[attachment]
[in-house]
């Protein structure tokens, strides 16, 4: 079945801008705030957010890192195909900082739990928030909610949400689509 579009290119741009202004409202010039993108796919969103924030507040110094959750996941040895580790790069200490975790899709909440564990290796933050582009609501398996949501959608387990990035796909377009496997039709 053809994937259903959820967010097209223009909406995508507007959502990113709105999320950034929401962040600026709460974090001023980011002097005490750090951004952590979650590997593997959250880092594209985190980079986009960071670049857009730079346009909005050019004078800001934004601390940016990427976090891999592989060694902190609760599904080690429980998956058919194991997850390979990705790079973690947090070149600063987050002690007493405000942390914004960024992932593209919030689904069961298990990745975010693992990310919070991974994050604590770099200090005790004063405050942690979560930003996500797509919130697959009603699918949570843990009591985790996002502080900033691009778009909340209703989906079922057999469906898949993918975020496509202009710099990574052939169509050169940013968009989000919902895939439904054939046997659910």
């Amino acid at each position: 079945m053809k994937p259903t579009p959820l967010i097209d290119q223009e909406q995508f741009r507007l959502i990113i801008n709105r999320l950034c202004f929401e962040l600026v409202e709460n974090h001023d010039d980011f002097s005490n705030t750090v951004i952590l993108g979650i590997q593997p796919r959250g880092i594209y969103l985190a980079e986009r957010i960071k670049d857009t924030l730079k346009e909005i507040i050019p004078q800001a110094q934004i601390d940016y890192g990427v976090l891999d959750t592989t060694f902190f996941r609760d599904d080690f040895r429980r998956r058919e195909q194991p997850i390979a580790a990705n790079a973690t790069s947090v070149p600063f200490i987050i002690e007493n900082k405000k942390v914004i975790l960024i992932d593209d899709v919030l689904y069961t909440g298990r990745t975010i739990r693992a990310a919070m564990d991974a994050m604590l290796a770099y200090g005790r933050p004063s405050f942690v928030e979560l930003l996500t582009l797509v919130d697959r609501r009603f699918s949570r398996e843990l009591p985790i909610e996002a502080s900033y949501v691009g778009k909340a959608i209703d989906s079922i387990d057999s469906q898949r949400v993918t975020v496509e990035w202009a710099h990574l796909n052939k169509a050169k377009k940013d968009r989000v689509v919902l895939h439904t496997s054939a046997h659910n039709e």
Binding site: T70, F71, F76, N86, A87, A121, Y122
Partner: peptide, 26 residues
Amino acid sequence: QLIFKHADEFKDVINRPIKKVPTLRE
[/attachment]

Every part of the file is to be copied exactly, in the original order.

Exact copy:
[in-house]
């Protein structure tokens, strides 16, 4: 079945801008705030957010890192195909900082739990928030909610949400689509 579009290119741009202004409202010039993108796919969103924030507040110094959750996941040895580790790069200490975790899709909440564990290796933050582009609501398996949501959608387990990035796909377009496997039709 053809994937259903959820967010097209223009909406995508507007959502990113709105999320950034929401962040600026709460974090001023980011002097005490750090951004952590979650590997593997959250880092594209985190980079986009960071670049857009730079346009909005050019004078800001934004601390940016990427976090891999592989060694902190609760599904080690429980998956058919194991997850390979990705790079973690947090070149600063987050002690007493405000942390914004960024992932593209919030689904069961298990990745975010693992990310919070991974994050604590770099200090005790004063405050942690979560930003996500797509919130697959009603699918949570843990009591985790996002502080900033691009778009909340209703989906079922057999469906898949993918975020496509202009710099990574052939169509050169940013968009989000919902895939439904054939046997659910």
């Amino acid at each position: 079945m053809k994937p259903t579009p959820l967010i097209d290119q223009e909406q995508f741009r507007l959502i990113i801008n709105r999320l950034c202004f929401e962040l600026v409202e709460n974090h001023d010039d980011f002097s005490n705030t750090v951004i952590l993108g979650i590997q593997p796919r959250g880092i594209y969103l985190a980079e986009r957010i960071k670049d857009t924030l730079k346009e909005i507040i050019p004078q800001a110094q934004i601390d940016y890192g990427v976090l891999d959750t592989t060694f902190f996941r609760d599904d080690f040895r429980r998956r058919e195909q194991p997850i390979a580790a990705n790079a973690t790069s947090v070149p600063f200490i987050i002690e007493n900082k405000k942390v914004i975790l960024i992932d593209d899709v919030l689904y069961t909440g298990r990745t975010i739990r693992a990310a919070m564990d991974a994050m604590l290796a770099y200090g005790r933050p004063s405050f942690v928030e979560l930003l996500t582009l797509v919130d697959r609501r009603f699918s949570r398996e843990l009591p985790i909610e996002a502080s900033y949501v691009g778009k909340a959608i209703d989906s079922i387990d057999s469906q898949r949400v993918t975020v496509e990035w202009a710099h990574l796909n052939k169509a050169k377009k940013d968009r989000v689509v919902l895939h439904t496997s054939a046997h659910n039709e």
Binding site: T70, F71, F76, N86, A87, A121, Y122
Partner: peptide, 26 residues
Amino acid sequence: QLIFKHADEFKDVINRPIKKVPTLRE